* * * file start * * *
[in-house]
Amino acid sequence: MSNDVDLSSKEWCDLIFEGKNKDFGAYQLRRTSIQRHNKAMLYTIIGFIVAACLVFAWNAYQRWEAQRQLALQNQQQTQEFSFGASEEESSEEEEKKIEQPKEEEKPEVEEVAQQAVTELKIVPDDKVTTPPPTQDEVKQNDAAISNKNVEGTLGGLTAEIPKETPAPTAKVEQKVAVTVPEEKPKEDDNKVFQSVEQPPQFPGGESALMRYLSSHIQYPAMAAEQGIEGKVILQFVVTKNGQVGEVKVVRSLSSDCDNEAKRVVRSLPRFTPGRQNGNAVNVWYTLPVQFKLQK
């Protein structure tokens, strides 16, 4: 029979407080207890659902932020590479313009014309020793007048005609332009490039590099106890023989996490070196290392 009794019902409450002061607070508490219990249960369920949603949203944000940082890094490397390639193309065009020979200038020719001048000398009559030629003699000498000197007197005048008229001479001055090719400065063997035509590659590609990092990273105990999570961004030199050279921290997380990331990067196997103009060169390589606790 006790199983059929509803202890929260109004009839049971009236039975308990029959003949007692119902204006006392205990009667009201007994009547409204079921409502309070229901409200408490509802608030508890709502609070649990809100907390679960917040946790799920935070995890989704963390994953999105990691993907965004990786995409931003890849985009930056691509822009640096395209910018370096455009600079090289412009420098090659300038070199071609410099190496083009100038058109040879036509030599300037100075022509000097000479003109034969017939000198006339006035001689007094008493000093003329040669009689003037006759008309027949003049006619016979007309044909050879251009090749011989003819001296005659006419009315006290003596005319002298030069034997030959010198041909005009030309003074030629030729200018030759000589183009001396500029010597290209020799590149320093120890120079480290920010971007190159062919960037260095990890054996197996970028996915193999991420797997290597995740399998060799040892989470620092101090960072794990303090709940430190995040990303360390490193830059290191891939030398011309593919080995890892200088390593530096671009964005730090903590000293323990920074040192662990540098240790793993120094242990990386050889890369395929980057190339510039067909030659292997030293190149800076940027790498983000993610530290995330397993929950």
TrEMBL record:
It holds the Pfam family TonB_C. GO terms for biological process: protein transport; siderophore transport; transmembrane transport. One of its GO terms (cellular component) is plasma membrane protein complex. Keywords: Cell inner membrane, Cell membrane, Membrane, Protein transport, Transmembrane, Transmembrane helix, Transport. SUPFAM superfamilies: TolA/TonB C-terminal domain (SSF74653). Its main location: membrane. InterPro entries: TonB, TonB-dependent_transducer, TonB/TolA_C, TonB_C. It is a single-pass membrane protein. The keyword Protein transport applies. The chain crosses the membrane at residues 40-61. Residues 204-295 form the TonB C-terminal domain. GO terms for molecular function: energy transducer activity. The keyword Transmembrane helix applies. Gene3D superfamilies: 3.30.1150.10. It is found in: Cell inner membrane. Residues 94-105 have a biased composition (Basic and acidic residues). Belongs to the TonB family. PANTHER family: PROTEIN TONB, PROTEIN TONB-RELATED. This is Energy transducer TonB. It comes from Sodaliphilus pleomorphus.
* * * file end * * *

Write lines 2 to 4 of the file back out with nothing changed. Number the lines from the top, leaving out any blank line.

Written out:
Amino acid sequence: MSNDVDLSSKEWCDLIFEGKNKDFGAYQLRRTSIQRHNKAMLYTIIGFIVAACLVFAWNAYQRWEAQRQLALQNQQQTQEFSFGASEEESSEEEEKKIEQPKEEEKPEVEEVAQQAVTELKIVPDDKVTTPPPTQDEVKQNDAAISNKNVEGTLGGLTAEIPKETPAPTAKVEQKVAVTVPEEKPKEDDNKVFQSVEQPPQFPGGESALMRYLSSHIQYPAMAAEQGIEGKVILQFVVTKNGQVGEVKVVRSLSSDCDNEAKRVVRSLPRFTPGRQNGNAVNVWYTLPVQFKLQK
């Protein structure tokens, strides 16, 4: 029979407080207890659902932020590479313009014309020793007048005609332009490039590099106890023989996490070196290392 009794019902409450002061607070508490219990249960369920949603949203944000940082890094490397390639193309065009020979200038020719001048000398009559030629003699000498000197007197005048008229001479001055090719400065063997035509590659590609990092990273105990999570961004030199050279921290997380990331990067196997103009060169390589606790 006790199983059929509803202890929260109004009839049971009236039975308990029959003949007692119902204006006392205990009667009201007994009547409204079921409502309070229901409200408490509802608030508890709502609070649990809100907390679960917040946790799920935070995890989704963390994953999105990691993907965004990786995409931003890849985009930056691509822009640096395209910018370096455009600079090289412009420098090659300038070199071609410099190496083009100038058109040879036509030599300037100075022509000097000479003109034969017939000198006339006035001689007094008493000093003329040669009689003037006759008309027949003049006619016979007309044909050879251009090749011989003819001296005659006419009315006290003596005319002298030069034997030959010198041909005009030309003074030629030729200018030759000589183009001396500029010597290209020799590149320093120890120079480290920010971007190159062919960037260095990890054996197996970028996915193999991420797997290597995740399998060799040892989470620092101090960072794990303090709940430190995040990303360390490193830059290191891939030398011309593919080995890892200088390593530096671009964005730090903590000293323990920074040192662990540098240790793993120094242990990386050889890369395929980057190339510039067909030659292997030293190149800076940027790498983000993610530290995330397993929950």
TrEMBL record: